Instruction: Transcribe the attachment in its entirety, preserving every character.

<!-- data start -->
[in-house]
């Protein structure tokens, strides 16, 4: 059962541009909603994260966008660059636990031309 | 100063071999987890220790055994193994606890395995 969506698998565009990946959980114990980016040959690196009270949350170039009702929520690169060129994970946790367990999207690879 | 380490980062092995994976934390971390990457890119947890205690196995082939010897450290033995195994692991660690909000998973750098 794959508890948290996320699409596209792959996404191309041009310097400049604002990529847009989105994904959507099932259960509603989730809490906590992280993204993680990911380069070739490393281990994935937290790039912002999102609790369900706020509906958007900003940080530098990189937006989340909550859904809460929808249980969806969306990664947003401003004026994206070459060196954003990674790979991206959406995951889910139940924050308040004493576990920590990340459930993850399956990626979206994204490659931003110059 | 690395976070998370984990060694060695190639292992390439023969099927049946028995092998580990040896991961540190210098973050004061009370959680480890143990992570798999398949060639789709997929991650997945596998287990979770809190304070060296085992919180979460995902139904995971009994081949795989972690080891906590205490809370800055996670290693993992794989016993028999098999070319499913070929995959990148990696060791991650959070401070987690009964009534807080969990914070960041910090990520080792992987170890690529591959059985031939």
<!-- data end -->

[in-house]
């Protein structure tokens, strides 16, 4: 059962541009909603994260966008660059636990031309 | 100063071999987890220790055994193994606890395995 969506698998565009990946959980114990980016040959690196009270949350170039009702929520690169060129994970946790367990999207690879 | 380490980062092995994976934390971390990457890119947890205690196995082939010897450290033995195994692991660690909000998973750098 794959508890948290996320699409596209792959996404191309041009310097400049604002990529847009989105994904959507099932259960509603989730809490906590992280993204993680990911380069070739490393281990994935937290790039912002999102609790369900706020509906958007900003940080530098990189937006989340909550859904809460929808249980969806969306990664947003401003004026994206070459060196954003990674790979991206959406995951889910139940924050308040004493576990920590990340459930993850399956990626979206994204490659931003110059 | 690395976070998370984990060694060695190639292992390439023969099927049946028995092998580990040896991961540190210098973050004061009370959680480890143990992570798999398949060639789709997929991650997945596998287990979770809190304070060296085992919180979460995902139904995971009994081949795989972690080891906590205490809370800055996670290693993992794989016993028999098999070319499913070929995959990148990696060791991650959070401070987690009964009534807080969990914070960041910090990520080792992987170890690529591959059985031939």